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Moses and Elias fast for forty days and forty nights, because God bids them come near to him. Man must purify himself, he must unburden himself, in some measure at least, of the body which weighs him down, if he would enter into communication with Him who is the Spirit. And yet the vision of God, granted to these two holy personages, was very imperfect they felt that God was near them, but they beheld not his glory. But, when the fulness of time came,1 God manifested himself in the flesh; and man saw, and heard, and touched him.2 We, indeed, are not of the number of those favoured ones who lived with Jesus, the Word of Life; but in the Holy Eucharist he allows us to do more than see him he enters into our breasts, he is our Food. The humblest member of the Church possesses God more fully than either Moses on Sinaï, or Elias on Horeb. We cannot, therefore, be surprised that the Church, in order to fit us for this favour, at the Easter Solemnity-bids us go through a preparation of Forty Days, though its severity is not to be compared with the rigid fast which Moses and Elias had to observe, as the condition of their receiving what God promised them.

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quærit et signum non dabitur ei, nisi signum Jonæ prophetæ. Sicut enim fuit Jonas in ventre ceti tribus diebus et tribus noctibus, sic erit Filius hominis in corde terræ tribus diebus et tribus noctibus. Viri Ninivitæ surgent in judicio cum generatione ista, et condemnabunt eam : quia pœnitentiam egerunt in prædicatione Jonæ, et ecce plus quam Jonas hic. Regina Austri surget in judicio cum generatione ista, et condemnabit eam quia venit a finibus terræ audire sapientiam Salomonis, et ecce plus quam Salomon hic. Cum autem immundus spiritus exierit ab homine, ambulat per loca arida, quærens requiem, et non invenit. Tunc dicit: Revertar in domum meam, unde exivi. Et veniens invenit eam vacantem, scopis mundatam, et ornatam. Tunc vadit, et assumit septem alios spiritus secum nequiores se, et intrantes habitant ibi: et fiunt novissima hominis illius pejora prioribus. Sic erit et generationi huic pessimæ. Adhuc eo loquente ad turbas, ecce mater ejus et fratres stabant foris quærentes loqui ei. Dixit autem ei quidam Ecce mater tua, et fratres tui foris stant, quærentes te. At ipse respondens dicenti sibi, ait: Quæ est mater mea, et qui sunt fratres mei? Et extendens manum in discipulos suos, dixit: Ecce mater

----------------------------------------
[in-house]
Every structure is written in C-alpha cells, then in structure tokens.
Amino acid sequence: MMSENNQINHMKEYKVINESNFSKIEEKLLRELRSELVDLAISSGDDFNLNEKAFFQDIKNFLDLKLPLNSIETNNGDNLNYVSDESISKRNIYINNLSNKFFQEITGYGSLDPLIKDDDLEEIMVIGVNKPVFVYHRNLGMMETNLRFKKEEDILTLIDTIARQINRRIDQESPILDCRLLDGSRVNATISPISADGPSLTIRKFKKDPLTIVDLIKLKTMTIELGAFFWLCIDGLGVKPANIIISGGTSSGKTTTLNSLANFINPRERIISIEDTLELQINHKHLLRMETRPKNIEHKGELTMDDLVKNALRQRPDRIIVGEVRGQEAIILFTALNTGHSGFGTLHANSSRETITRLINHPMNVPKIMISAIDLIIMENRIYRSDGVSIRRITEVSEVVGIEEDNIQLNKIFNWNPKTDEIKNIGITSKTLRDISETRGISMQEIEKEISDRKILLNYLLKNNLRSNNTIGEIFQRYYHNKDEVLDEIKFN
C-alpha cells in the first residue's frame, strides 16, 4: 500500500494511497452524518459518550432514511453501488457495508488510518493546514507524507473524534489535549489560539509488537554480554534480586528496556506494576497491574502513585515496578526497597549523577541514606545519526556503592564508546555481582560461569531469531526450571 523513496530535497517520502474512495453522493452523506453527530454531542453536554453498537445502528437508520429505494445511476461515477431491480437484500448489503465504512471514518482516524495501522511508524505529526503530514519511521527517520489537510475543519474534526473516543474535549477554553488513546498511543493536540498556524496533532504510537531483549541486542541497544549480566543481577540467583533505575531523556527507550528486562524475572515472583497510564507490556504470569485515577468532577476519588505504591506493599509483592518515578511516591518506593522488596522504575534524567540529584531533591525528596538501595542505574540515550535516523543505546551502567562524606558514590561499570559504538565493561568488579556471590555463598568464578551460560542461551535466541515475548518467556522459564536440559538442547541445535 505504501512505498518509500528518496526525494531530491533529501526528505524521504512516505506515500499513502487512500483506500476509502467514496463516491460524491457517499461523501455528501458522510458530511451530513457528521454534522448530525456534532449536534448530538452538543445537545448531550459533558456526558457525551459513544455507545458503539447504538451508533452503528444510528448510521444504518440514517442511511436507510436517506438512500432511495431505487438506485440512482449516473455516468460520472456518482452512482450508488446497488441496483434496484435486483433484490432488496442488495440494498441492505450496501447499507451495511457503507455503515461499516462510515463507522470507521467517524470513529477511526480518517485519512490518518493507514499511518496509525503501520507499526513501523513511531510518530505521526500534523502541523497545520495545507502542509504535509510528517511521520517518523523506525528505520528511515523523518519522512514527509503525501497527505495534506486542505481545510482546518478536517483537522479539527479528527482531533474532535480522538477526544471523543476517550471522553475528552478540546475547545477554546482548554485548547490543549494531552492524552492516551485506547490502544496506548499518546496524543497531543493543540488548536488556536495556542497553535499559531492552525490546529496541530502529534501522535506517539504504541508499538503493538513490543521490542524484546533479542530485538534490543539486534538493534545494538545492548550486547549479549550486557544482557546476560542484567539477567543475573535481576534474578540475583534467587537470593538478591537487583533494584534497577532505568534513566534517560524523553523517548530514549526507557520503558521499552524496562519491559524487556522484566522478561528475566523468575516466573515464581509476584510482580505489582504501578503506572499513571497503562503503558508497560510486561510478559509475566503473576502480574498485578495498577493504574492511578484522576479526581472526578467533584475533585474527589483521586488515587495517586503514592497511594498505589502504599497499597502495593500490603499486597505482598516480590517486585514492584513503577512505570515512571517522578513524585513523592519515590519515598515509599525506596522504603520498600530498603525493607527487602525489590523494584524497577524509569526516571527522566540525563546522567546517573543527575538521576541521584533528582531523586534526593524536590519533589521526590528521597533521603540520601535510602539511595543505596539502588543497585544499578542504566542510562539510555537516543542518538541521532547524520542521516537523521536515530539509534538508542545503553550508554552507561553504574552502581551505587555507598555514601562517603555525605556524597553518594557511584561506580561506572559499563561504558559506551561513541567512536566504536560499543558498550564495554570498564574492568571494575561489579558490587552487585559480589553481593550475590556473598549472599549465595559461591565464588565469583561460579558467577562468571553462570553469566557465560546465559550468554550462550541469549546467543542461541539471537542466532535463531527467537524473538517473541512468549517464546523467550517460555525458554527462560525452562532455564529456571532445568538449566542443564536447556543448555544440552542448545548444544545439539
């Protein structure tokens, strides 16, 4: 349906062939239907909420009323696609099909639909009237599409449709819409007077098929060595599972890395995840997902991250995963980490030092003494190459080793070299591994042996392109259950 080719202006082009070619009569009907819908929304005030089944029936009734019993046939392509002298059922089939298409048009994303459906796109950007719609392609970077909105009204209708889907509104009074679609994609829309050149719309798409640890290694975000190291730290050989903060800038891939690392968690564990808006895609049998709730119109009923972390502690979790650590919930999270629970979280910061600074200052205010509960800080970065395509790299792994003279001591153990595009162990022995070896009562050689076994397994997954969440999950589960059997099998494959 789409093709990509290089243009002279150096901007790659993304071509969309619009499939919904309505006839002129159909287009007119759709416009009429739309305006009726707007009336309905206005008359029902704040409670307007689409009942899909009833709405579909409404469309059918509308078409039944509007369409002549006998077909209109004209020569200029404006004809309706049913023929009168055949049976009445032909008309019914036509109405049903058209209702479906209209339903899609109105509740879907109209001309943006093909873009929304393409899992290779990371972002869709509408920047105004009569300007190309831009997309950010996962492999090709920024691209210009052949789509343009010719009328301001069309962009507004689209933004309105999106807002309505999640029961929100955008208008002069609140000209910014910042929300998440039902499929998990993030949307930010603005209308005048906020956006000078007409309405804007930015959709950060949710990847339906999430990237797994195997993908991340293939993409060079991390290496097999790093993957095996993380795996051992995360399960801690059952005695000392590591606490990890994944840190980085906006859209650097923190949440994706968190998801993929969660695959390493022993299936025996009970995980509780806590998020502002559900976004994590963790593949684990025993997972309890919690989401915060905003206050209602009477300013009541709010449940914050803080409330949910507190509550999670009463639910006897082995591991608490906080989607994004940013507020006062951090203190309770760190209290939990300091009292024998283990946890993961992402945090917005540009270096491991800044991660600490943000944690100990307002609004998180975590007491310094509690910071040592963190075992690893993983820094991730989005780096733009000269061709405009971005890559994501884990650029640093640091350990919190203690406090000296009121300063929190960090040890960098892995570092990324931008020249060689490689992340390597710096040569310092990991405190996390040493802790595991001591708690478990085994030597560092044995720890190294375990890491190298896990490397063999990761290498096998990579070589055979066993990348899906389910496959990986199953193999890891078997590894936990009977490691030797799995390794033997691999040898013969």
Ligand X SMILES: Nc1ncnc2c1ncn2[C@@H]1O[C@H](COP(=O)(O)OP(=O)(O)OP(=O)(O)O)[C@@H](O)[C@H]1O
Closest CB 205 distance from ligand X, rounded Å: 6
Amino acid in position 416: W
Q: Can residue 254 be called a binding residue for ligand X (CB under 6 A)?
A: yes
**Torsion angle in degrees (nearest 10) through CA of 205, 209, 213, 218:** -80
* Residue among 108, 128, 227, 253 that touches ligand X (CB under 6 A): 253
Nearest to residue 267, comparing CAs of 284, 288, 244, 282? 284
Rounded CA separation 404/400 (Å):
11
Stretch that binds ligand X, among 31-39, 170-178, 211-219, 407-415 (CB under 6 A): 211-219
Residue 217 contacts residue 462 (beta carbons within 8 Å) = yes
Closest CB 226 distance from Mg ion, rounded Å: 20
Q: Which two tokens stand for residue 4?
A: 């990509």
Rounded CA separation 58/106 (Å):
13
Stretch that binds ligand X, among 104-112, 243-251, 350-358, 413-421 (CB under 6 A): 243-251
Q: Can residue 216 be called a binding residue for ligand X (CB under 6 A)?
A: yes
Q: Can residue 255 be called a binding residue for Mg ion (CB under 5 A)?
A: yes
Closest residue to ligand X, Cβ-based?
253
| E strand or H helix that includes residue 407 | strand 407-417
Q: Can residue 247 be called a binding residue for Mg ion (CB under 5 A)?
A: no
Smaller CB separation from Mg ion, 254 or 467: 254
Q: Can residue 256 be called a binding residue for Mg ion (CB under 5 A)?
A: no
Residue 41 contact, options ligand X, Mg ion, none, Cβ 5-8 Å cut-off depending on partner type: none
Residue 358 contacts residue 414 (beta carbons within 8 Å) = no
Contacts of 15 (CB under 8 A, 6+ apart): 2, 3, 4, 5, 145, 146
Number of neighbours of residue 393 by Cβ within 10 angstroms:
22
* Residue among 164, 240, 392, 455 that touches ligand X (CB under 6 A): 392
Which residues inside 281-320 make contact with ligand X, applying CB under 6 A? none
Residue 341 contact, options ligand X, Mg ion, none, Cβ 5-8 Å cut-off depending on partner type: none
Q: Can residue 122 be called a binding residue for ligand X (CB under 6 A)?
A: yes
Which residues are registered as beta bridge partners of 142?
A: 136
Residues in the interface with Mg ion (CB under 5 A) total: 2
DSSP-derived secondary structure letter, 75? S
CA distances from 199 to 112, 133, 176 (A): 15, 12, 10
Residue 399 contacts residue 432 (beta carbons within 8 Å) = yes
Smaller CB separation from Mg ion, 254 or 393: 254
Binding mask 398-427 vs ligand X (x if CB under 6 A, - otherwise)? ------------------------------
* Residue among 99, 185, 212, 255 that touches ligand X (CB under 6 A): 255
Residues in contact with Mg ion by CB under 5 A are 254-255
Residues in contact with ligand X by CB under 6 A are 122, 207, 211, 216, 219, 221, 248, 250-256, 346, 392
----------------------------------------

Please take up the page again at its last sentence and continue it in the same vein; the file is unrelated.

a sign shall not be given it, but the sign of Jonas the prophet. For as Jonas was in the whale's belly three days and three nights, so shall the Son of Man be in the heart of the earth three days and three nights. The men of Ninive shall rise in judgment with this generation, and shall condemn it, because they did penance at the preaching of Jonas; and behold a greater than Jonas here. The queen of the south shall rise in judgment with this generation, and shall condemn it, because she came from the ends of the earth to hear the wisdom of Solomon; and behold a greater than Solomon here. When an unclean spirit is gone out of a man, he walketh through dry places, seeking rest, and findeth none. Then he saith: I will return into my house, from whence I came out. And coming, he findeth it empty, swept, and garnished. Then he goeth, and taketh with him seven other spirits more wicked than himself, and they enter in and dwell there; and the last state of that man is made worse than the first. So shall it be also to this wicked generation. As he was yet speaking to the multitudes, behold his Mother and his brethren stood without, seeking to speak to him. And one said unto him: Behold thy Mother and thy brethren stand without, seeking thee. But he answering him that told him, said: Who is my mother, and who are

my brethren? And stretching forth his hand towards his disciples, he said: Behold my mother and my brethren; for whosoever shall do the will of my Father that is in heaven, he is my brother, and sister, and mother.

mea, et fratres mei: quicumque enim fecerit voluntatem Patris mei, qui in cœlis est, ipse meus frater, et soror, et mater est.